Why is this important at this time?

It is important because, at its core, it is a justice issue.  Any person charged with a crime has rights to due process and counsel protected by the Fifth and Sixth Amendments to the U.S. Constitution.  The stakes can be high in the justice system, even for juveniles, and it is important that we understand the nature, duration and causes of youths’ difficulties participating as trial defendants, because to try a defendant who is not competent is fundamentally unfair and makes a mockery of our justice system. The work is timely because some jurisdictions are currently considering if and how to include consideration of juvenile competency in their juvenile justice policies and research provides helpful information to that process.

How does the research help the courts and juveniles?

This research was designed to provide useful information to evaluators and the courts about what mental health and developmental factors are associated with incompetency, and what may be helpful in improving certain problems over time. As results are published, I hope the findings will help evaluators make useful recommendations that will be effective for the court and the juveniles involved. Currently, this research informs my ongoing implementation work. With my colleagues at the National Youth Screening and Assessment Partners, I am currently working with two states as they implement their juvenile competency statutes and policies. I have been working with them to develop and provide trainings to evaluators that are in line with the current research evidence and best practices. In one state, we have been able to provide in-depth training to a large group of mental health professionals who conduct these trainings, and policy and practice training to more than 120 stakeholders in the juvenile justice system (including judges, attorneys and probation officers). To translate research into practice requires a combination of research and teaching skills that my scholarship and teaching at Wheaton make me uniquely prepared to undertake. It is exciting to see changes in local practice that directly impact the courts and communities they serve.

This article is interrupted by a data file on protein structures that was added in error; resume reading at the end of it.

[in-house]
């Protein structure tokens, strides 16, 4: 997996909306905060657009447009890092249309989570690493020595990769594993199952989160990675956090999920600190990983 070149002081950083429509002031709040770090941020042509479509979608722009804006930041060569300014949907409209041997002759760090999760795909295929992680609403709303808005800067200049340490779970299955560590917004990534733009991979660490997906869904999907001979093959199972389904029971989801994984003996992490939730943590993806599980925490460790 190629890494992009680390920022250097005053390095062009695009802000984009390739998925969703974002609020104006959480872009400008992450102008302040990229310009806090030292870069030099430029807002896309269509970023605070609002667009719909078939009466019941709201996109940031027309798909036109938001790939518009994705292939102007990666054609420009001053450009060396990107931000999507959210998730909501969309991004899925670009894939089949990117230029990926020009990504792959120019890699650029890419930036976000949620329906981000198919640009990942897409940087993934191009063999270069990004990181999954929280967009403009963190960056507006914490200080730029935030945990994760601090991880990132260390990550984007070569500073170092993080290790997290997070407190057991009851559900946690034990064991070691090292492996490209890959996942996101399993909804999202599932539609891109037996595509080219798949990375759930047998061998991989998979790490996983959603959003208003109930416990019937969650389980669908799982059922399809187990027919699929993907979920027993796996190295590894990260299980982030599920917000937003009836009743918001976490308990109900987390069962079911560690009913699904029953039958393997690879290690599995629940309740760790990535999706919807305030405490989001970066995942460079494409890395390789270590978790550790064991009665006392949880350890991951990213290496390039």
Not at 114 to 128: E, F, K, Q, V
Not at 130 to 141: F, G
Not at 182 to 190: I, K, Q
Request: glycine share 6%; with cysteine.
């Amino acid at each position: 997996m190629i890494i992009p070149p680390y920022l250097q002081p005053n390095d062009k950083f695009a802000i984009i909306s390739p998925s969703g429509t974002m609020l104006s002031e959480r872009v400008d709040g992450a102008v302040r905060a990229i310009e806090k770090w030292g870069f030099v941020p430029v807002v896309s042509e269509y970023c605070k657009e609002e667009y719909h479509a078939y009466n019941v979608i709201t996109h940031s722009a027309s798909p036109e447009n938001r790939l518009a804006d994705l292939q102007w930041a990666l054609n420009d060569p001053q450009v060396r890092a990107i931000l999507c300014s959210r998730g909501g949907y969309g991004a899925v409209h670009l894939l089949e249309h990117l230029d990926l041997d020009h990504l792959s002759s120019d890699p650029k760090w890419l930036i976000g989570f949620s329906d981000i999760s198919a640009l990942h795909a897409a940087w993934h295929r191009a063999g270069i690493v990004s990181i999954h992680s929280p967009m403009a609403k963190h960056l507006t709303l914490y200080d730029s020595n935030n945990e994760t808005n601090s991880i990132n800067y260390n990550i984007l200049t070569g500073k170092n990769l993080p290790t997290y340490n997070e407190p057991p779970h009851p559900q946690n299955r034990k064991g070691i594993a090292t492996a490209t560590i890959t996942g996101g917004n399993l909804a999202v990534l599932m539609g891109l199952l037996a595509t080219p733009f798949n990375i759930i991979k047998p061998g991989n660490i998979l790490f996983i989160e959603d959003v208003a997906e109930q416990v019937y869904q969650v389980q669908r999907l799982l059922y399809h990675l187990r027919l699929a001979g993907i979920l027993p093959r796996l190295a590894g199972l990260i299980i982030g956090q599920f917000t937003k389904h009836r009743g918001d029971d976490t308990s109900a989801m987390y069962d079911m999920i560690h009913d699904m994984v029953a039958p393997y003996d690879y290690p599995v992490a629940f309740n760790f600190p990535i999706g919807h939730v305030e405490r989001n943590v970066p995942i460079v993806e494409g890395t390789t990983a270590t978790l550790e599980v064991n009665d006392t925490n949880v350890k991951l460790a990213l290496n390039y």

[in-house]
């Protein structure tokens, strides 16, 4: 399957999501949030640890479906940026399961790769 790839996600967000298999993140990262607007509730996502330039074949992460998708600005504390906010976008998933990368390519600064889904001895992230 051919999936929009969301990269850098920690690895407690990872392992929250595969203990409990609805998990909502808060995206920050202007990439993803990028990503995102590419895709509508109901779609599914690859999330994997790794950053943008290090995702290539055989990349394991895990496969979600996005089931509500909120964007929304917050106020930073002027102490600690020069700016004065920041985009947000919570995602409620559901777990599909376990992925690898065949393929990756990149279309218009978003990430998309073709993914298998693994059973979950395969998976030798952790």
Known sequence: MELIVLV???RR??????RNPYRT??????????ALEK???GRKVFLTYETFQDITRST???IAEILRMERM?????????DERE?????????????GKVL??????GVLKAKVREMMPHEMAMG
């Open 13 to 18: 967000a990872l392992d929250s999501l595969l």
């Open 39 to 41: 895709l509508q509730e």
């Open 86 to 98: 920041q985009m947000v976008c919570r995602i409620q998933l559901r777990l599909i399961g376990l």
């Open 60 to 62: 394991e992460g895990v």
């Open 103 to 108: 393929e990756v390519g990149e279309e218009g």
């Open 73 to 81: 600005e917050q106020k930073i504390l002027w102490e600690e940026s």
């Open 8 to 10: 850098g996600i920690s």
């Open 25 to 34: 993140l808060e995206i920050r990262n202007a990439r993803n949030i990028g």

Any recent related publications?

The first paper from my competence research is in press and will be published in the International Journal of Forensic Mental Health soon. It examines the practice of reporting the race and/or ethnicity of the evaluated defendant within the written forensic report to the court. This uses the data from my competence research as an illustration of the current state of the problem before exploring best practice guidelines, theoretical and empirical literature to make practice recommendations for ethical reporting in forensic evaluations. This paper adds to the recent literature on bias in forensic evaluation and calls evaluators to thoughtful action in their clinical practice. A qualitative analysis (co-authored by a Wheaton student) of this research was recently accepted for presentation at the 2019 American Psychological Association annual conference, and we have had six previous peer-reviewed conference presentations and posters at national and international conferences, co-authored by seven Wheaton students through work in my Law and Psychology Lab.